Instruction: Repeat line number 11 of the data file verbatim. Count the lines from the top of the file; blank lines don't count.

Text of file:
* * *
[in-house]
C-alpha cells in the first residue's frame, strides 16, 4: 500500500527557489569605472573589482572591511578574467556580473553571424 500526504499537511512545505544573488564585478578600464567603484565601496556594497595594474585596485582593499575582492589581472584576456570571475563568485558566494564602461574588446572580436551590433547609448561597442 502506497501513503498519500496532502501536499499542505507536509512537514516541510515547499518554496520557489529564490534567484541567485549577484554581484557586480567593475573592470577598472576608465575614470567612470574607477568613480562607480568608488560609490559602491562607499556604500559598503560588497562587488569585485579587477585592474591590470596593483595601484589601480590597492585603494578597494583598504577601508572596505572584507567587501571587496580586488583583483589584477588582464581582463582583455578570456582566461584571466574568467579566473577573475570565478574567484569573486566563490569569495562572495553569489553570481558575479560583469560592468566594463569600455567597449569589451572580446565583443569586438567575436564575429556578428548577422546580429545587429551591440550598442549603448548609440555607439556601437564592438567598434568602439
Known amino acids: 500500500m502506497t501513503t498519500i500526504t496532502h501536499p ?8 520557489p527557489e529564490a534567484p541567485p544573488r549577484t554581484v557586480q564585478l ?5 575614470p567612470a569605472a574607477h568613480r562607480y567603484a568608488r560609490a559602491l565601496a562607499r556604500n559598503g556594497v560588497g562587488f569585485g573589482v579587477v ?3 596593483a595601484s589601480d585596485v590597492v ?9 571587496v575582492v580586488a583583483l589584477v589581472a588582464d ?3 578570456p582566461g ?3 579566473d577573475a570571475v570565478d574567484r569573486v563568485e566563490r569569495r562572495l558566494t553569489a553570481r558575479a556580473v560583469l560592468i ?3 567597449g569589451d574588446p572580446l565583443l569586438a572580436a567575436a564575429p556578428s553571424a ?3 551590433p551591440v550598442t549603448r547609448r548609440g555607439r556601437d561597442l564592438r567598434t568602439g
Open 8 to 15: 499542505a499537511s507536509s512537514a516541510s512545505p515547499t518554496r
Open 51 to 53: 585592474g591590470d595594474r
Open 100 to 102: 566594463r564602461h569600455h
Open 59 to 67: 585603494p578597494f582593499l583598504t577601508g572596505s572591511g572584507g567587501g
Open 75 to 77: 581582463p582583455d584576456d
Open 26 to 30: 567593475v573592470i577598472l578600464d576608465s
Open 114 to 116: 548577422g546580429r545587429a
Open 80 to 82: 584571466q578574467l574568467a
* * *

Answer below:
Open 80 to 82: 584571466q578574467l574568467a